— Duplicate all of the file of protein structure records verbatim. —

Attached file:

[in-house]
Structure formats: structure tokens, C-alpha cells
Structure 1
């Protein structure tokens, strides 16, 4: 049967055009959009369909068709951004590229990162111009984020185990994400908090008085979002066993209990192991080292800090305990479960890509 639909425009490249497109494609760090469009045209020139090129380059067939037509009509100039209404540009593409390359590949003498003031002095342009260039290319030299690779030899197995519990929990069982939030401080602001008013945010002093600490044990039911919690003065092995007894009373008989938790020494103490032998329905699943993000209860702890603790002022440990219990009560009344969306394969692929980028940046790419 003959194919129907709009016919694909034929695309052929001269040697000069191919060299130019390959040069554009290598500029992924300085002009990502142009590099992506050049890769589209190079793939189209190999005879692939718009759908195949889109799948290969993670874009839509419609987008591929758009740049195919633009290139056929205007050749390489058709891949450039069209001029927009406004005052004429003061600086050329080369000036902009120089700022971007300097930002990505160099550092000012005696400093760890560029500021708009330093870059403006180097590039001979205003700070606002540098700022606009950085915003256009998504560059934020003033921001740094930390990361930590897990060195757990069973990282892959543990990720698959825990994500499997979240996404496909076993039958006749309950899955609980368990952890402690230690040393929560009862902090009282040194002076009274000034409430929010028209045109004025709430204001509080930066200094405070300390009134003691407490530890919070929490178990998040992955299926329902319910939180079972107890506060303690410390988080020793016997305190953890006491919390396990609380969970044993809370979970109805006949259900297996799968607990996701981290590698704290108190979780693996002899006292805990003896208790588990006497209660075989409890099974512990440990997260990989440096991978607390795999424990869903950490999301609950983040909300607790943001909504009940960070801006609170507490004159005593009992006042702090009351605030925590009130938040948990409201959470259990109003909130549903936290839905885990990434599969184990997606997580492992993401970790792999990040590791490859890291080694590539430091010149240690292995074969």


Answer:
[in-house]
Structure formats: structure tokens, C-alpha cells
Structure 1
């Protein structure tokens, strides 16, 4: 049967055009959009369909068709951004590229990162111009984020185990994400908090008085979002066993209990192991080292800090305990479960890509 639909425009490249497109494609760090469009045209020139090129380059067939037509009509100039209404540009593409390359590949003498003031002095342009260039290319030299690779030899197995519990929990069982939030401080602001008013945010002093600490044990039911919690003065092995007894009373008989938790020494103490032998329905699943993000209860702890603790002022440990219990009560009344969306394969692929980028940046790419 003959194919129907709009016919694909034929695309052929001269040697000069191919060299130019390959040069554009290598500029992924300085002009990502142009590099992506050049890769589209190079793939189209190999005879692939718009759908195949889109799948290969993670874009839509419609987008591929758009740049195919633009290139056929205007050749390489058709891949450039069209001029927009406004005052004429003061600086050329080369000036902009120089700022971007300097930002990505160099550092000012005696400093760890560029500021708009330093870059403006180097590039001979205003700070606002540098700022606009950085915003256009998504560059934020003033921001740094930390990361930590897990060195757990069973990282892959543990990720698959825990994500499997979240996404496909076993039958006749309950899955609980368990952890402690230690040393929560009862902090009282040194002076009274000034409430929010028209045109004025709430204001509080930066200094405070300390009134003691407490530890919070929490178990998040992955299926329902319910939180079972107890506060303690410390988080020793016997305190953890006491919390396990609380969970044993809370979970109805006949259900297996799968607990996701981290590698704290108190979780693996002899006292805990003896208790588990006497209660075989409890099974512990440990997260990989440096991978607390795999424990869903950490999301609950983040909300607790943001909504009940960070801006609170507490004159005593009992006042702090009351605030925590009130938040948990409201959470259990109003909130549903936290839905885990990434599969184990997606997580492992993401970790792999990040590791490859890291080694590539430091010149240690292995074969």